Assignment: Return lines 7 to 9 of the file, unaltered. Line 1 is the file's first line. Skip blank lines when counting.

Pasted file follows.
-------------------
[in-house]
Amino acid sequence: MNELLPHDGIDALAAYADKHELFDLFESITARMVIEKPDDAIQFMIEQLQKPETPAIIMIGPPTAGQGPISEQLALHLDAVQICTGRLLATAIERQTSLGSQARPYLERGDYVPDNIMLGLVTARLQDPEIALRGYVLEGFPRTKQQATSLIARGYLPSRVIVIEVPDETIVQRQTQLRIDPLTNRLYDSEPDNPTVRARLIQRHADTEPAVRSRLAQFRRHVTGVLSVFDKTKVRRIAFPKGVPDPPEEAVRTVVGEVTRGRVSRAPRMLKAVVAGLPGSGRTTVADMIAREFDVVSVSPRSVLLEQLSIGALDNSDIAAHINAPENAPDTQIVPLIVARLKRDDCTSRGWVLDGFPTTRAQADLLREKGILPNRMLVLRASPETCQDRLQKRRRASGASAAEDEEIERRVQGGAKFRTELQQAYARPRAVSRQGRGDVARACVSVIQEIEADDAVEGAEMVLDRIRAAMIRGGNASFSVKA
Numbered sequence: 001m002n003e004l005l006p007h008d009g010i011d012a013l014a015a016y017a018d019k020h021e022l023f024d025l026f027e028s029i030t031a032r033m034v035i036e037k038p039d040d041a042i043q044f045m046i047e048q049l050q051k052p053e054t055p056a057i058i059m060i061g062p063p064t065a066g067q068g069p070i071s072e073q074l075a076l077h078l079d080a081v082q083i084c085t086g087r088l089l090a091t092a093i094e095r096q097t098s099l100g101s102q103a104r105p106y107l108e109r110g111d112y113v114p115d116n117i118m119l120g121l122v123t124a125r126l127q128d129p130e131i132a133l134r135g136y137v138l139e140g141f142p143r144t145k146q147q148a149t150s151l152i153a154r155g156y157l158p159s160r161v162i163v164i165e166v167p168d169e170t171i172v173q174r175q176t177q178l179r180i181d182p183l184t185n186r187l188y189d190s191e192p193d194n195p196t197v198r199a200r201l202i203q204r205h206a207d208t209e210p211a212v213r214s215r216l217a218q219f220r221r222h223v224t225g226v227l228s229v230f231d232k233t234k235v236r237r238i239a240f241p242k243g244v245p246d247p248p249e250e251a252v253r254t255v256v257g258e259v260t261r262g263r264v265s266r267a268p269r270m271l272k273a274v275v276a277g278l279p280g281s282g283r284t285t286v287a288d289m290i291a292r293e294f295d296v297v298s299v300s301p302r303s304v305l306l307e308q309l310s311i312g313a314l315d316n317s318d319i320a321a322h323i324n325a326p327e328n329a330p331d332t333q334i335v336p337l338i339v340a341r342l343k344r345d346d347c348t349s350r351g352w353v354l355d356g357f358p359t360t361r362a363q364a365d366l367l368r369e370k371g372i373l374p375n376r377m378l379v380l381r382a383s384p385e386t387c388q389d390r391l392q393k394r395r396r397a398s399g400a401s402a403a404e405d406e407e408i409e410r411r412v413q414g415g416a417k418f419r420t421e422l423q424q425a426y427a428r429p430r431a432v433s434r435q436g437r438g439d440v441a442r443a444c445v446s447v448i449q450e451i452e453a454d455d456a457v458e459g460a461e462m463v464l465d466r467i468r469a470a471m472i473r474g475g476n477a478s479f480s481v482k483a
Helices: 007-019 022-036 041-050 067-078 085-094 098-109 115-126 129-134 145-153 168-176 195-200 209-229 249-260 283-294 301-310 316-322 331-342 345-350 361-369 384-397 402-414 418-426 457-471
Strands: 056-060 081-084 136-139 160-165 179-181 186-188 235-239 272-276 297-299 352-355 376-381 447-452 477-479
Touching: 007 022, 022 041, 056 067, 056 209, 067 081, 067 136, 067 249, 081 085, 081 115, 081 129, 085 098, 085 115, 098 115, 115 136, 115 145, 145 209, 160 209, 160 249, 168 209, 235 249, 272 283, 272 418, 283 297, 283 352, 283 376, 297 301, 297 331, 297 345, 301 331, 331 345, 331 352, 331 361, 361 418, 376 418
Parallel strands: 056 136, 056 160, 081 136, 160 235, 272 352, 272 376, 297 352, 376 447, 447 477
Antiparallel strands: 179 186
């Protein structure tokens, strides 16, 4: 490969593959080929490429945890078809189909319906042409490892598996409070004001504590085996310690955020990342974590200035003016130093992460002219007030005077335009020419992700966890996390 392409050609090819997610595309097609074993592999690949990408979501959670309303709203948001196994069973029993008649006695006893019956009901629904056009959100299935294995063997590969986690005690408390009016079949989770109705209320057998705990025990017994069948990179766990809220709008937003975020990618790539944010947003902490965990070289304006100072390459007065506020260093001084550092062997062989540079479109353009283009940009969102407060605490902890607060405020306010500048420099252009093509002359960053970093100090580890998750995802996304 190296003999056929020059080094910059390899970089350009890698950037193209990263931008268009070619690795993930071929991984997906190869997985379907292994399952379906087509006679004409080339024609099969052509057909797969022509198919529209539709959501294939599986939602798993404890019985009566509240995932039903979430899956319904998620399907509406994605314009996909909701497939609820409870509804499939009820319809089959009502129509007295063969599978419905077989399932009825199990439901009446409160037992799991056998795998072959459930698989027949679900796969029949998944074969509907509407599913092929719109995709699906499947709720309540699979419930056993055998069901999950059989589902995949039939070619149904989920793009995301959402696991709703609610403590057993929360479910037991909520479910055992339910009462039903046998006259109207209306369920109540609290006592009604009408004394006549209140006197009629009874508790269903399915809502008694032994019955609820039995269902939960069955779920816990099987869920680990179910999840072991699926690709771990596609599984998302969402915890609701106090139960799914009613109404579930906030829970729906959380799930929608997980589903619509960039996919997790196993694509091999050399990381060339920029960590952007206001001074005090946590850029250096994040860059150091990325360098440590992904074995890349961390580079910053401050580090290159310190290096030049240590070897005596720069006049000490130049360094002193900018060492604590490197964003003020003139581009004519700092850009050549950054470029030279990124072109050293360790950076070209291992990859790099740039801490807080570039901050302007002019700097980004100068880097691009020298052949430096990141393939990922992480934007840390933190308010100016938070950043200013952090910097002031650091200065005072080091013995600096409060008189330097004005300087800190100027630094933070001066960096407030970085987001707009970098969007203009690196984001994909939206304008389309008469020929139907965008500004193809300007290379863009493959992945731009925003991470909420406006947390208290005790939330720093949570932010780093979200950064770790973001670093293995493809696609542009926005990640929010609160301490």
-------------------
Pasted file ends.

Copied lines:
Parallel strands: 056 136, 056 160, 081 136, 160 235, 272 352, 272 376, 297 352, 376 447, 447 477
Antiparallel strands: 179 186
């Protein structure tokens, strides 16, 4: 490969593959080929490429945890078809189909319906042409490892598996409070004001504590085996310690955020990342974590200035003016130093992460002219007030005077335009020419992700966890996390 392409050609090819997610595309097609074993592999690949990408979501959670309303709203948001196994069973029993008649006695006893019956009901629904056009959100299935294995063997590969986690005690408390009016079949989770109705209320057998705990025990017994069948990179766990809220709008937003975020990618790539944010947003902490965990070289304006100072390459007065506020260093001084550092062997062989540079479109353009283009940009969102407060605490902890607060405020306010500048420099252009093509002359960053970093100090580890998750995802996304 190296003999056929020059080094910059390899970089350009890698950037193209990263931008268009070619690795993930071929991984997906190869997985379907292994399952379906087509006679004409080339024609099969052509057909797969022509198919529209539709959501294939599986939602798993404890019985009566509240995932039903979430899956319904998620399907509406994605314009996909909701497939609820409870509804499939009820319809089959009502129509007295063969599978419905077989399932009825199990439901009446409160037992799991056998795998072959459930698989027949679900796969029949998944074969509907509407599913092929719109995709699906499947709720309540699979419930056993055998069901999950059989589902995949039939070619149904989920793009995301959402696991709703609610403590057993929360479910037991909520479910055992339910009462039903046998006259109207209306369920109540609290006592009604009408004394006549209140006197009629009874508790269903399915809502008694032994019955609820039995269902939960069955779920816990099987869920680990179910999840072991699926690709771990596609599984998302969402915890609701106090139960799914009613109404579930906030829970729906959380799930929608997980589903619509960039996919997790196993694509091999050399990381060339920029960590952007206001001074005090946590850029250096994040860059150091990325360098440590992904074995890349961390580079910053401050580090290159310190290096030049240590070897005596720069006049000490130049360094002193900018060492604590490197964003003020003139581009004519700092850009050549950054470029030279990124072109050293360790950076070209291992990859790099740039801490807080570039901050302007002019700097980004100068880097691009020298052949430096990141393939990922992480934007840390933190308010100016938070950043200013952090910097002031650091200065005072080091013995600096409060008189330097004005300087800190100027630094933070001066960096407030970085987001707009970098969007203009690196984001994909939206304008389309008469020929139907965008500004193809300007290379863009493959992945731009925003991470909420406006947390208290005790939330720093949570932010780093979200950064770790973001670093293995493809696609542009926005990640929010609160301490």